Indigenous: the very word brings to mind Native Americans or Australian Aborigines. It is quite difficult to disentangle this word from the notion of “non-indigenous” Europeans colonizing “indigenous” people on a distant continent. There is, however, a group of people in Europe who can claim to be indigenous: the Sami. These nomadic people from the far north of Scandinavia have been slowly losing their rights to the grazing lands necessary for traditional reindeer-herding. Additionally, far-right groups in the Nordic countries have been stirring up anti-Sami sentiment over the past decade. Their nomadic way of life makes the Sami especially vulnerable to this encroachment and discrimination.
For all practical purposes, the Sami fit the dictionary definition as being northern Scandinavia’s indigenous people, as they have inhabited this region since before the beginning of recorded history. The ethnic groups that are typically referred to as Norwegians, Swedes, and Finns only began pushing into Sami lands in the 1400s, thus beginning the marginalization of the Sami. The cultural practices of the Sami revolve around reindeer herding and can only be practiced in this region, so the argument that the Sami have a unique connection to this region is especially strong.
However, there is a powerful strain of thought in Scandinavia that considers the Sami culturally and racially foreign to Europe. In 2016, government lawyers in a Sami land-rights case in Sweden came under fire for utilizing “rhetoric of race biology” in arguing against Sami control of fish and game in a tract of land above the Arctic Circle. The far-right has been able to seize on this anti-Sami racism in its attempt to galvanize populist support. In 2014, Björn Söder, leader of the far-right Sweden Democrats, implied that the Sami “belong to other nations” and are therefore inherently antithetical to Swedish culture. Additionally, some non-Sami in northern Sweden resent Sami hunting rights, with one non-Sami hunter worrying after a Sami court victory: “The next step will be restrictions on snowmobiling and moose hunting.”
The notion of Sami foreignness is prevalent in Norway as well as Sweden. In 1994, a Norwegian member of parliament gave part of a speech in the Sami language. The head of a far-right party responded by lumping Sami in with Urdu as a “language incomprehensible to most Norwegians” and therefore unfit for use in an official context. The comparison between Sami and Urdu is telling, as it seems intended to imply that not only are the Sami not Norwegian, they are not even properly European.
Being nomadic in modern Europe comes with a whole host of difficulties for the Sami. Past groups of Sami were once somewhat stationary hunter-gatherers and probably became more nomadic as a result of early Norwegian encroachment. The establishment of the border between Norway and Sweden in the eighteenth century made it harder for some groups of northern Sami to access reindeer-grazing lands in Norway. Because of this, these groups of Sami had to encroach on the lands of other groups of Sami to the south. This was hardly the only time that loss of land caused intra-Sami conflicts over grazing lands. At present, the Sami who live near the Norwegian borders with Finland and Russia must compete with coastal Sami due to their lack of access to exclusive grazing lands of their own. The Sami are also victims of resource geography, as their traditional lands in Sweden contain staggering amounts of mineral wealth that governments are reluctant to relinquish, including the largest underground mine in the world.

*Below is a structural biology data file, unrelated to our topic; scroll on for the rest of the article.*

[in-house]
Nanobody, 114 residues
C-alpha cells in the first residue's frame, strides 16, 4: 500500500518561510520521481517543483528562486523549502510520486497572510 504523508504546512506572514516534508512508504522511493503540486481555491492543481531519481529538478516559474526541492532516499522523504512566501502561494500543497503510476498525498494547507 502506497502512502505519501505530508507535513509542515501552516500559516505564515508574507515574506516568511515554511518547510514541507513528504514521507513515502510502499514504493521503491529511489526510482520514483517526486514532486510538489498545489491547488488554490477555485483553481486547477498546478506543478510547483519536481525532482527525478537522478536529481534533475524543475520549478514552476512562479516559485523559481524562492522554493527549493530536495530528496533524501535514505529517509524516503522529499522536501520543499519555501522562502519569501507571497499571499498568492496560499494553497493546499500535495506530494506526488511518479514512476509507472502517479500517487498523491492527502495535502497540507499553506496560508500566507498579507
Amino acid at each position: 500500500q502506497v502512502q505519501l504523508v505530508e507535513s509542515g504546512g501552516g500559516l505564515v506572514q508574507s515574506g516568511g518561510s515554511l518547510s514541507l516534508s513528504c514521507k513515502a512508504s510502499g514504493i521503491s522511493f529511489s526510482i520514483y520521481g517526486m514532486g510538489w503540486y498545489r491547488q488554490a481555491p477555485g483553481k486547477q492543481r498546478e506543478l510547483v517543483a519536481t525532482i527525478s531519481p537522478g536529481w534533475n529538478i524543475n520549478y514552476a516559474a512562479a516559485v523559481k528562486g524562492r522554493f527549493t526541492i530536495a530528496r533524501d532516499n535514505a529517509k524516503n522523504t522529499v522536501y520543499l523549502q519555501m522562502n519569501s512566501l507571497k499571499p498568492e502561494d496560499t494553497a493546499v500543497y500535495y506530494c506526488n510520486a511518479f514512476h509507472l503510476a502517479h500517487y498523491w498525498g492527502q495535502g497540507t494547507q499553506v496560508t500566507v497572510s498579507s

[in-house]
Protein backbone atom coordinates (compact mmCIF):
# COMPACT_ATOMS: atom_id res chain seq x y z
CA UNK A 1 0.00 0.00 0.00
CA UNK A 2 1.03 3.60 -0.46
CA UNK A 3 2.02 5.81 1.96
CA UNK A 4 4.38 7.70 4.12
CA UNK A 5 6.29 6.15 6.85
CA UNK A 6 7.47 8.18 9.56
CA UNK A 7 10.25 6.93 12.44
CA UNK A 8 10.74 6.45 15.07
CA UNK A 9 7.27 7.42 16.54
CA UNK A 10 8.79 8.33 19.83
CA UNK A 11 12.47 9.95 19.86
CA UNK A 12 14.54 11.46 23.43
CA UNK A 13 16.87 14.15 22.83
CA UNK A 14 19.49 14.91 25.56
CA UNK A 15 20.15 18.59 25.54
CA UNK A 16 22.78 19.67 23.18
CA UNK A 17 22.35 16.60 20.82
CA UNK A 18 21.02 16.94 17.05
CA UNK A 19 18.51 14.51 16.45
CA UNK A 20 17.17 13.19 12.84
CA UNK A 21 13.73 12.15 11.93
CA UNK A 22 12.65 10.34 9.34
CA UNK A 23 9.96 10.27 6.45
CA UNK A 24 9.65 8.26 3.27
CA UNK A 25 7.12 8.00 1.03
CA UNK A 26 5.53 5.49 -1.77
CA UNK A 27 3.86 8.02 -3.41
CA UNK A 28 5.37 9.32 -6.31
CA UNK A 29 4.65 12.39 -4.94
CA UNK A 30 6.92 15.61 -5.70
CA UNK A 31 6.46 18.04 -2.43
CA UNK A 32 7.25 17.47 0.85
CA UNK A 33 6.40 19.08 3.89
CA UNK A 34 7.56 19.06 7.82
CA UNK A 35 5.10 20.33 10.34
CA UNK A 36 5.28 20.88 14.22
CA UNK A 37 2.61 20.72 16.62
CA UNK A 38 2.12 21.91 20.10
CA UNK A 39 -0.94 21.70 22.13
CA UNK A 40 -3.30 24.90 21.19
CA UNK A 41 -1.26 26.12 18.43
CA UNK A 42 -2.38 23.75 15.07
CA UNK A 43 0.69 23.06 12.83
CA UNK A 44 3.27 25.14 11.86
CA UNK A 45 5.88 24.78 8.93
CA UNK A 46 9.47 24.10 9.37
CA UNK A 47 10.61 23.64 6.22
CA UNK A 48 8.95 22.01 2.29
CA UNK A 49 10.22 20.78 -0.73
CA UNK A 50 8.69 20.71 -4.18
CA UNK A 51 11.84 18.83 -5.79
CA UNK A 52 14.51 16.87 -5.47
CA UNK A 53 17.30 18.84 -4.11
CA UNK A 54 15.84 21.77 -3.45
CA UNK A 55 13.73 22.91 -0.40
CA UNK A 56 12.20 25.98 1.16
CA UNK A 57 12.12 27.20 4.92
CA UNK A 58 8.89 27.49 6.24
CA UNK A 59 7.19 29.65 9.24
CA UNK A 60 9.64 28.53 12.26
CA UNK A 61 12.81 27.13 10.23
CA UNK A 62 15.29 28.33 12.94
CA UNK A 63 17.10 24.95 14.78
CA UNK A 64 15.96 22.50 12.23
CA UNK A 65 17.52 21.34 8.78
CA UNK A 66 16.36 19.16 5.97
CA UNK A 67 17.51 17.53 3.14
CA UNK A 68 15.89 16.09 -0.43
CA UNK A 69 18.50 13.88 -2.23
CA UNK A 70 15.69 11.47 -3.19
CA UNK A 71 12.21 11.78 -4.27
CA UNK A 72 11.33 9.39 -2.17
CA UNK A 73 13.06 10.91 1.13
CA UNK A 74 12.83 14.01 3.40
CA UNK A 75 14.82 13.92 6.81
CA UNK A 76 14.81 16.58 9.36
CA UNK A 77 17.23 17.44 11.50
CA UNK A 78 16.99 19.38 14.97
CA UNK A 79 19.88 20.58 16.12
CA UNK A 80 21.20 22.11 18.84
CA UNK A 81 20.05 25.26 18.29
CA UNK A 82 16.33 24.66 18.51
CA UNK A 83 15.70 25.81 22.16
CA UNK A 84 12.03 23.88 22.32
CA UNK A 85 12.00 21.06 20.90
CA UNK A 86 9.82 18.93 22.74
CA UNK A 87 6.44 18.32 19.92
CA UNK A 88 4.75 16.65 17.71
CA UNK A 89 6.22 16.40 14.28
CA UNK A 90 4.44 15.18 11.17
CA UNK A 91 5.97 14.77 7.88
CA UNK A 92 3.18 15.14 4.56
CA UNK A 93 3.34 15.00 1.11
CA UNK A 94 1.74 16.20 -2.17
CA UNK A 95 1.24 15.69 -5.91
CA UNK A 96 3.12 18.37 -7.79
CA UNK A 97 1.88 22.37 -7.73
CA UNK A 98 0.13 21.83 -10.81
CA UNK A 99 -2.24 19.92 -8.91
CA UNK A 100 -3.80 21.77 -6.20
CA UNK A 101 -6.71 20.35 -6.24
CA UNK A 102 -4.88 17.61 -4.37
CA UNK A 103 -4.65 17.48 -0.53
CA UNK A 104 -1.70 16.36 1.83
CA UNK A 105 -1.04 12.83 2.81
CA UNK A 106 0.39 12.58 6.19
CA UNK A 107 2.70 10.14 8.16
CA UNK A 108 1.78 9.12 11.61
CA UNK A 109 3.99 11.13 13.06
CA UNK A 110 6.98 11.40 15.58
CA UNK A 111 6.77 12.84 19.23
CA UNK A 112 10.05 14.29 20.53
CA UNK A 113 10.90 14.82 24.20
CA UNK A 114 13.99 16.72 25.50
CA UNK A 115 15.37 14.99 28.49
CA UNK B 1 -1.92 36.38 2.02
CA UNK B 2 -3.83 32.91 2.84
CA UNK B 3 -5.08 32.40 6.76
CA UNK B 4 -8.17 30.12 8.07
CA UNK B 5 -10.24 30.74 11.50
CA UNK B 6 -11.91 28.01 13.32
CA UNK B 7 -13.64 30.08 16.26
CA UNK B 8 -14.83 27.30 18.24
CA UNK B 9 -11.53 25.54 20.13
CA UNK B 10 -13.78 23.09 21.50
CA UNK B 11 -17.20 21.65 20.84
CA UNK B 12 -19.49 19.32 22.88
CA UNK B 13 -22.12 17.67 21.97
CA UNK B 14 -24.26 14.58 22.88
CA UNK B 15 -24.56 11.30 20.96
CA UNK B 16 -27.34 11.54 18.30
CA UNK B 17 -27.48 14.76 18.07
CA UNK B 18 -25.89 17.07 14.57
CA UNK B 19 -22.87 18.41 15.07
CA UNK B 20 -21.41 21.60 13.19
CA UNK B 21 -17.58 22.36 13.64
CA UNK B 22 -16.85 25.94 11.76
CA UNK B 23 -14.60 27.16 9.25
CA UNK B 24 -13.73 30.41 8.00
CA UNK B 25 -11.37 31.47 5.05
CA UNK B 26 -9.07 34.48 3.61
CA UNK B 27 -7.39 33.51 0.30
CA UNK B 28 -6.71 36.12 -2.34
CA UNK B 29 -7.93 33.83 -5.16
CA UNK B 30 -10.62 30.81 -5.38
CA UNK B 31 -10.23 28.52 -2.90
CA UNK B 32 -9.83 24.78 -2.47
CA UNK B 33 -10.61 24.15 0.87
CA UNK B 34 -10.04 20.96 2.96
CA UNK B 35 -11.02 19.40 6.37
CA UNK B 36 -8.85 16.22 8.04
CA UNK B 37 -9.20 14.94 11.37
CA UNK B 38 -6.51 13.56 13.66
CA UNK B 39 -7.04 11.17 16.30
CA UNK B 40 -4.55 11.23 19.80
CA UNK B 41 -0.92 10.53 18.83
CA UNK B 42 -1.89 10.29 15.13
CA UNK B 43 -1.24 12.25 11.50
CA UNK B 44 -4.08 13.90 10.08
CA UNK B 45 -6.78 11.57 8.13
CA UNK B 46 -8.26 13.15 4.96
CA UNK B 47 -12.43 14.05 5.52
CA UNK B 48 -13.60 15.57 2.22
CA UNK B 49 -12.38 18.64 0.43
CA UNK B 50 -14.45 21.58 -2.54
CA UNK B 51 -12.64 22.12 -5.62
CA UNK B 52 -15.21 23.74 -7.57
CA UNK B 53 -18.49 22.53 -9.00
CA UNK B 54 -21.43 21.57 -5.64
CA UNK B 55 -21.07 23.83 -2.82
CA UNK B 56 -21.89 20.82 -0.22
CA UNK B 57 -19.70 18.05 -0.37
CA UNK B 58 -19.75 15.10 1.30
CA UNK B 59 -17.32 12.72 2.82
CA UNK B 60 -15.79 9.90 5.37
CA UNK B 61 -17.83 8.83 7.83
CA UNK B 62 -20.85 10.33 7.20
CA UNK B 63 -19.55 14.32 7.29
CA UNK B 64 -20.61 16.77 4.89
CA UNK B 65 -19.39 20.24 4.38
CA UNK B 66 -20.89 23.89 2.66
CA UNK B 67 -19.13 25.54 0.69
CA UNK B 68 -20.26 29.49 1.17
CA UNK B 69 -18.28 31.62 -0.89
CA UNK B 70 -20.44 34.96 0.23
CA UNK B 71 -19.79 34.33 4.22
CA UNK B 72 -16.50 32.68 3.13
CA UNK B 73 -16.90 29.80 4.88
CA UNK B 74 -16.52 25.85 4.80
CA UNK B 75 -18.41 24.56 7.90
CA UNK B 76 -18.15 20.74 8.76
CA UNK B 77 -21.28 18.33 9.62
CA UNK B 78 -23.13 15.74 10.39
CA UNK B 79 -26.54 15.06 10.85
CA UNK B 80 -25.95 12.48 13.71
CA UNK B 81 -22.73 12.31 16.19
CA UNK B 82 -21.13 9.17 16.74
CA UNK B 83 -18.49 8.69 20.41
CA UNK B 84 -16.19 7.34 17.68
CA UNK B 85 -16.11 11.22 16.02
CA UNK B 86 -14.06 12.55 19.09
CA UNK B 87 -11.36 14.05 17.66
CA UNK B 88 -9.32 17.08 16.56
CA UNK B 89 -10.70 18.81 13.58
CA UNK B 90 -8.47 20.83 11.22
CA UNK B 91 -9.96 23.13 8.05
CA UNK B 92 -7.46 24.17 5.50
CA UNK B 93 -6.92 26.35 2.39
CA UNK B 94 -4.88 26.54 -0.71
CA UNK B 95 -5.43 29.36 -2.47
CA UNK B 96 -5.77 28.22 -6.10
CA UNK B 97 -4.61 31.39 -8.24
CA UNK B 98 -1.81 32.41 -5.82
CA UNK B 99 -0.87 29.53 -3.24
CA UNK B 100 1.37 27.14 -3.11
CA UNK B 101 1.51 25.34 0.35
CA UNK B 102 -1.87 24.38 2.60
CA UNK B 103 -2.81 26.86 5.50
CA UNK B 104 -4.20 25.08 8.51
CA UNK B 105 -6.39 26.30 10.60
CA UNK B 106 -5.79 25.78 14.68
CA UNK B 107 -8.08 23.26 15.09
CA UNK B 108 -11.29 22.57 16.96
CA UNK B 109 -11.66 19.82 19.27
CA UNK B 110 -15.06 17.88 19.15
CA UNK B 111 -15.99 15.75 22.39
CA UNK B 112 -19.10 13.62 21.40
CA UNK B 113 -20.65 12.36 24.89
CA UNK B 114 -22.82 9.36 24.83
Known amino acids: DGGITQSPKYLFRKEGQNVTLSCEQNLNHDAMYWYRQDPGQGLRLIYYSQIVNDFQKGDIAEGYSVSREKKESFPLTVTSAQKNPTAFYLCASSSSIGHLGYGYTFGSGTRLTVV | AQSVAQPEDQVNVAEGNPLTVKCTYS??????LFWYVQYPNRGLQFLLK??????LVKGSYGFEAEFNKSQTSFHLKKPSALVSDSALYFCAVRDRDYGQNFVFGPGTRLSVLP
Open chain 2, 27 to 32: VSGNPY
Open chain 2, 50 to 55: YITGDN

As bleak as their situation may seem, the Sami have several potential routes to a better future. The United Nations can pressure governments to protect the rights of the Sami through the International Labour Organization’s 1989 Indigenous and Tribal Peoples Convention. However, even though this convention has been ratified by Norway, it has not been ratified by Sweden. A more feasible option for Sami in Sweden might be through increased self-determination. Sweden already has a Sami parliament with some authority over reindeer-related issues. An expansion of its authority would allow the Sami to better protect their way of life. One solution that has proven to be effective would be to take governmental encroachments on land rights to court. The Swedish Sami Association, which represents Sami interests, has found some legal success so far in the previously mentioned “race biology” case in which the Sami successfully regained some of their land rights. Whatever combination of tools they use to improve their position, the Sami need the ability to access economic and political opportunities comparable to those available to other Scandinavians while simultaneously being able to defend their distinctive way of life. In order for the Sami to be treated with dignity, they must be truly respected as part of a multicultural Scandinavia.
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